Balmer Hählen’s approach is influenced by the Swiss graphic design tradition. “The emphasis on typography plays an important role in our work,” says the Lausanne-based studio. “We always try to simplify the messages, our goal is to go for the essential.” Founded in 2011 by Priscilla Balmer and Yyo Hählen, the studio was previously named A3 studio, but this year changed it to Balmer Hählen. “As a duo we want to highlight our personality with this new identity, which is made up of our respective names,” says the studio.
Balmer Hählen enjoys working on poster designs and visual identities as these types of projects offer the studio the opportunity to create impact in one visual hit as well as a chance to reflect on more in-depth on its subjects. One of its most recent projects is the elaborate invitation design they created for Rendezvous de Créateurs 2017 – an annual event that gathers together Swiss craftspeople in the industry. “This project took time as we also manage the organisation of the event as well as the creative part. The set includes a save the date, an invitation, and a poster. During the project we learnt a lot about printing techniques for each part of the project.”
Through the design the invitation takes on object-like status and has been printed in a limited edition of 3,000 copies. Balmer Hählen’s design decisions were informed by pushing the limitations of printing techniques, so the cut-out textures, glossy varnishes and hot foil stamping take over and modify the typography. “The materials confront each other to offer a perfect alchemy,” says the studio. “For instance the shiny effect reveals its luminosity by imposing itself on matte papers.”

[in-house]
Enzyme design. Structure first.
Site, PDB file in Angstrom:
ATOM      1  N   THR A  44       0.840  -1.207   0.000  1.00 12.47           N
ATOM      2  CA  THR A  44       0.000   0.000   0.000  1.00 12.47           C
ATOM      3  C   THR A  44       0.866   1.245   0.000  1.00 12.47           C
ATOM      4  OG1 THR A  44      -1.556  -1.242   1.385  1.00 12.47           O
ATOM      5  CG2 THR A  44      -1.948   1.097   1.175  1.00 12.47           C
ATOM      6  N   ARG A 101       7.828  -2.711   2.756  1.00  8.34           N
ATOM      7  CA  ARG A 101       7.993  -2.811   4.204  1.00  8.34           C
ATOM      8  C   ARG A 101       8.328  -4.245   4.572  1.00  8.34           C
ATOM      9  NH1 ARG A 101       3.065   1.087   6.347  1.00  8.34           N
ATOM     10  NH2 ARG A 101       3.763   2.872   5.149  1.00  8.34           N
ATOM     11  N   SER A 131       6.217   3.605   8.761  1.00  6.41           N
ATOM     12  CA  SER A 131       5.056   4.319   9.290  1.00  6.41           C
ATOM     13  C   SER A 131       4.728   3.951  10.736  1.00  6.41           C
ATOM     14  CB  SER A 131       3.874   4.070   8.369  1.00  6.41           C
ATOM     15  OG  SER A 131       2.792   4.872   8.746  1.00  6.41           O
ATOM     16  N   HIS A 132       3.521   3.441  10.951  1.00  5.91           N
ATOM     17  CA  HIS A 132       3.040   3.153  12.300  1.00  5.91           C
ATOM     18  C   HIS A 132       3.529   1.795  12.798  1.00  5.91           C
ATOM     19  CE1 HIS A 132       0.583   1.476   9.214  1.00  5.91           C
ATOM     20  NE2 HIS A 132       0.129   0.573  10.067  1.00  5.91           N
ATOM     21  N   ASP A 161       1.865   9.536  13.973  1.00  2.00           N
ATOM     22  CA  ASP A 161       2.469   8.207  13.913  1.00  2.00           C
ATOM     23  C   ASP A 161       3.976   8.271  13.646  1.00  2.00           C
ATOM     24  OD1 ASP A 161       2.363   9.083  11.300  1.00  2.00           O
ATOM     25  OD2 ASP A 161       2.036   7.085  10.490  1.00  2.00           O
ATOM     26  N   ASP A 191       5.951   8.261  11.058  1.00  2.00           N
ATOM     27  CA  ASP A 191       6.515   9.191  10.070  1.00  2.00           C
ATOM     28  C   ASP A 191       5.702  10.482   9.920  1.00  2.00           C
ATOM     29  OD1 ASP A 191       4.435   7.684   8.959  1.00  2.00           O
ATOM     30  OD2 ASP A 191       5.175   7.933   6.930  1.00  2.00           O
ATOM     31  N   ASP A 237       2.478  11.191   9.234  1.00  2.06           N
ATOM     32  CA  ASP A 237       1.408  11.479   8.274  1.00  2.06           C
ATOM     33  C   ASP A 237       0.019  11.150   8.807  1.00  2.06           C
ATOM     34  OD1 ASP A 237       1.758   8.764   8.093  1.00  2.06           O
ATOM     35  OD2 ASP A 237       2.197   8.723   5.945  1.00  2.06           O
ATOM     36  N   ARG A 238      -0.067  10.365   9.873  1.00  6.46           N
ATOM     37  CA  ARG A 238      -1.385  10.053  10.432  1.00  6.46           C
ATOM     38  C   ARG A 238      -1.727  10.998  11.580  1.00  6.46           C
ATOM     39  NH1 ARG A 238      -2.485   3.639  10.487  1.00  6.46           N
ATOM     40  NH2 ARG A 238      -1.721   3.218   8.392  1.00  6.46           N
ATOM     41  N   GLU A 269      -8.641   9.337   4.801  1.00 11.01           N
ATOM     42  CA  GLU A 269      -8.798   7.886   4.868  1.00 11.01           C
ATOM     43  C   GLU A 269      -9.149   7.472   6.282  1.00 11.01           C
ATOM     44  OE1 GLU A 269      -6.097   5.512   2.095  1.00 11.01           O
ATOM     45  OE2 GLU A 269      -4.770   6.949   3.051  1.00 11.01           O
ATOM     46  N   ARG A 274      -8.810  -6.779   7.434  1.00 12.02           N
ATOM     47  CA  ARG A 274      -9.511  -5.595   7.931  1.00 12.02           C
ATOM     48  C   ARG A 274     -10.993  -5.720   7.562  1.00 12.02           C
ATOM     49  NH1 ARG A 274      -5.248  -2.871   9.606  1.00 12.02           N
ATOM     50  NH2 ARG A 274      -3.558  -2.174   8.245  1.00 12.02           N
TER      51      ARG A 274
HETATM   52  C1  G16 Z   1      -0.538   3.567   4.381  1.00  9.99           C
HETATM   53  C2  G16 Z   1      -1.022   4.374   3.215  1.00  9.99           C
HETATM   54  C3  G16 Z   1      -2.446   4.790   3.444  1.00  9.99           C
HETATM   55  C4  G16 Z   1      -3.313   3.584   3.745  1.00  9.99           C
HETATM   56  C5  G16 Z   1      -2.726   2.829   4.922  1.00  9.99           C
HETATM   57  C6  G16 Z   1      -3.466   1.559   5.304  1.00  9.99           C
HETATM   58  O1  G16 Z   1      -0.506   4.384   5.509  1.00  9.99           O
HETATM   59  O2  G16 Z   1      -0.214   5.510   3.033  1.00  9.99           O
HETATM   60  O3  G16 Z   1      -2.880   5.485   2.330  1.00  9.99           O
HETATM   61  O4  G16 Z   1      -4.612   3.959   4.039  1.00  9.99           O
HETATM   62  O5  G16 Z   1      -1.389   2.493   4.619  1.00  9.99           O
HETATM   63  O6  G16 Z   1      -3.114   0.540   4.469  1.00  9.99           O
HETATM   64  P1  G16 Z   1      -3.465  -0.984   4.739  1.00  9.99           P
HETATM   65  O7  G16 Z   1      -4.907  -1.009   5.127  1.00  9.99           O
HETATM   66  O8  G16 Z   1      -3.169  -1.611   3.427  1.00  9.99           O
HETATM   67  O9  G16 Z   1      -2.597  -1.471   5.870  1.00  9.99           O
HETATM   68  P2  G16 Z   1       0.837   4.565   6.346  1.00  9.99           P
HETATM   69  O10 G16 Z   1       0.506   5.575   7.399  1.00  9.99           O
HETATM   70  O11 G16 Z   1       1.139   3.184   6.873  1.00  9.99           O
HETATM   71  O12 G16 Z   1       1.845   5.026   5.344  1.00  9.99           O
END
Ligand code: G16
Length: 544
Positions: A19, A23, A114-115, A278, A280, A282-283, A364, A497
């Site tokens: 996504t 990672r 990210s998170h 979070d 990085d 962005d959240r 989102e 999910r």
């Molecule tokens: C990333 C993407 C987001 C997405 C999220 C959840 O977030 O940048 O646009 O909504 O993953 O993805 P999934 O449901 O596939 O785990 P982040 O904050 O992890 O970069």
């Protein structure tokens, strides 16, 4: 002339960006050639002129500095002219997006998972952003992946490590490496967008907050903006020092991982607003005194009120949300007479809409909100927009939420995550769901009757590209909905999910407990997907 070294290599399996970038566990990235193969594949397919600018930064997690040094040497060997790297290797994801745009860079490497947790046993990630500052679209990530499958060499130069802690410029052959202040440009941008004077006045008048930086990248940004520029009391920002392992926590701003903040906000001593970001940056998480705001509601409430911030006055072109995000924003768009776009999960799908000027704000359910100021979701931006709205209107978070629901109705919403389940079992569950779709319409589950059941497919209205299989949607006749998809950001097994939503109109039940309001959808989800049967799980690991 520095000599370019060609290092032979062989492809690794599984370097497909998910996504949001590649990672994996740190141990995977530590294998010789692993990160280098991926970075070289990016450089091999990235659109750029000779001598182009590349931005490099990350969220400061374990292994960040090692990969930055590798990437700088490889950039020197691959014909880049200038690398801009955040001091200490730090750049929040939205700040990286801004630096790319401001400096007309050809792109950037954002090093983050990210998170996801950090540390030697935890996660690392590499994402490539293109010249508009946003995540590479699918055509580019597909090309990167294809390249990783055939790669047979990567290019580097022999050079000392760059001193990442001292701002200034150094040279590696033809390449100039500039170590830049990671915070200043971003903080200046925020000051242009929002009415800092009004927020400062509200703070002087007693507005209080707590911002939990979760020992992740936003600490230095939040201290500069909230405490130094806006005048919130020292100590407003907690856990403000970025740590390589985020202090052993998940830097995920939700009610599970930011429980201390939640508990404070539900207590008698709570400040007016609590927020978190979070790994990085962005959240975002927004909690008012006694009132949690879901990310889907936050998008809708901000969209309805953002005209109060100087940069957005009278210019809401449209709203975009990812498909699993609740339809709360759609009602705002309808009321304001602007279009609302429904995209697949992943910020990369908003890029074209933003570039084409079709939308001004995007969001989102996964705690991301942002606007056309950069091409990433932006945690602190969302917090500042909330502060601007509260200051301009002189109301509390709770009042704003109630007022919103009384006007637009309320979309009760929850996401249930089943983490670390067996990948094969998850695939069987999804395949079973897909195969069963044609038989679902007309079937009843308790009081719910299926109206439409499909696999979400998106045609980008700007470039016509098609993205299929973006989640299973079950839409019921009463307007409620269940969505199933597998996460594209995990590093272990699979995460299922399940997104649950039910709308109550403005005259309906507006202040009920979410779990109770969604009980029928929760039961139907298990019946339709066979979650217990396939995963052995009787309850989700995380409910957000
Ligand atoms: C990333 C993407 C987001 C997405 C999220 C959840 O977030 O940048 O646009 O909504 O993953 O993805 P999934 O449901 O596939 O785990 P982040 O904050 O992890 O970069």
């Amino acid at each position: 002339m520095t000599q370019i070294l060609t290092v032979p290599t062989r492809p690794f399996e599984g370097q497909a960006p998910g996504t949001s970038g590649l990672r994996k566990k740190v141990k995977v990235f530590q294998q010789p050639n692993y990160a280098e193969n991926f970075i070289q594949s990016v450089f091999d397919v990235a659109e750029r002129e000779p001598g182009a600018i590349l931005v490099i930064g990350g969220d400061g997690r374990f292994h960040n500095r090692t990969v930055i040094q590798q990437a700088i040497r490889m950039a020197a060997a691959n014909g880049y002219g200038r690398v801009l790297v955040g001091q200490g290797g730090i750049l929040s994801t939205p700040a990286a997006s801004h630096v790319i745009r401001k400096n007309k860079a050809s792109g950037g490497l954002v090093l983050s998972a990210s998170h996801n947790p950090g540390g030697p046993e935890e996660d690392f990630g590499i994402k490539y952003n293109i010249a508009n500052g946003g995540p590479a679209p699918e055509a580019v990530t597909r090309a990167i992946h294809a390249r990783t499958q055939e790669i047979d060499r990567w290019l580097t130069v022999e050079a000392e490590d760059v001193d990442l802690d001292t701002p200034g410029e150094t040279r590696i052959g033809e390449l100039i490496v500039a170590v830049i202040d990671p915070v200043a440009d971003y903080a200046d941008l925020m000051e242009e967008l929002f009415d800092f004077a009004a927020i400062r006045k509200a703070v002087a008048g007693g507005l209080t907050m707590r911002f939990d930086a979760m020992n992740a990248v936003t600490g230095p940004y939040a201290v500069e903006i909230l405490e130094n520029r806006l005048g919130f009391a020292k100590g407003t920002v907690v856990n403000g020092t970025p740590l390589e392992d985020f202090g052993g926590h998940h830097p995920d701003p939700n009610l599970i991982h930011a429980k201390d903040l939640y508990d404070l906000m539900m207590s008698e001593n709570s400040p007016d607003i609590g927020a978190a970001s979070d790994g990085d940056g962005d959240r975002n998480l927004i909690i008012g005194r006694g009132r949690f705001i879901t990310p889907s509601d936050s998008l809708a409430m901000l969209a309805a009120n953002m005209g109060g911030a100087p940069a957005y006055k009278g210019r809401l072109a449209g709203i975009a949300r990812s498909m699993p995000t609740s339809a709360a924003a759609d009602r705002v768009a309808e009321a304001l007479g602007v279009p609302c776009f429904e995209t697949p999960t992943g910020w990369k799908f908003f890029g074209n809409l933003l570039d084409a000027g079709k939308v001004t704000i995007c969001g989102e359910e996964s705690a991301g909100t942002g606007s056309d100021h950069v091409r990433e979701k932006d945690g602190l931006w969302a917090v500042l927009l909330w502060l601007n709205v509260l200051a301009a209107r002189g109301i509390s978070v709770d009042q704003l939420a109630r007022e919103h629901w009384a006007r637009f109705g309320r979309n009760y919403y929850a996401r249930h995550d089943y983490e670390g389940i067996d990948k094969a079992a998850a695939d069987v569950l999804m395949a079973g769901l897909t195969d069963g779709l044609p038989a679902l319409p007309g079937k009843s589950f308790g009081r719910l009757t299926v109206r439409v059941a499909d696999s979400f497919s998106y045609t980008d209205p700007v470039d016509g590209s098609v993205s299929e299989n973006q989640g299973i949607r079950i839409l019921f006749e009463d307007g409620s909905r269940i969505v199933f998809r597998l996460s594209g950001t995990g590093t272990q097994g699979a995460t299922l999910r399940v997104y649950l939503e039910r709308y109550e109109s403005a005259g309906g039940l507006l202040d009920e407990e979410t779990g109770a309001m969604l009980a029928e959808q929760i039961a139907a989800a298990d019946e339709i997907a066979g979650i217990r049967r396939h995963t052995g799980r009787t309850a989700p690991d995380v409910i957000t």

Balmer Hählen has also developed the communication for the 20th anniversary of the FCMA – the Swiss French part Foundation for Song and Current Music. “The idea was to find an element that symbolises music in all its diversity,” explains the studio. “The synthesis of our reflection has brought us on circles and lines that represent the notes and the ranges. The developed visuals show musical notes that are crisscrossed and in two colours.”
The depth at which Balmer Hählen goes into its projects is a reflection on how it views the industry as a whole. “At a time where the graphic design industry is undergoing a great economic transformation, our work is based on these techniques of printing with artisanal, even ancestral techniques, and confronting them with a contemporary approach,” it explains. “Digital takes an important place, but our passion for exceptional prints shows that print is not dead.”
About the Author
Rebecca became staff writer at It’s Nice That in March 2016 before leaving the company at the end of 2017. Before joining the company full time she worked with us on a freelance basis many times, as well as stints at Macmillan Publishers, D&AD, Dazed and frieze.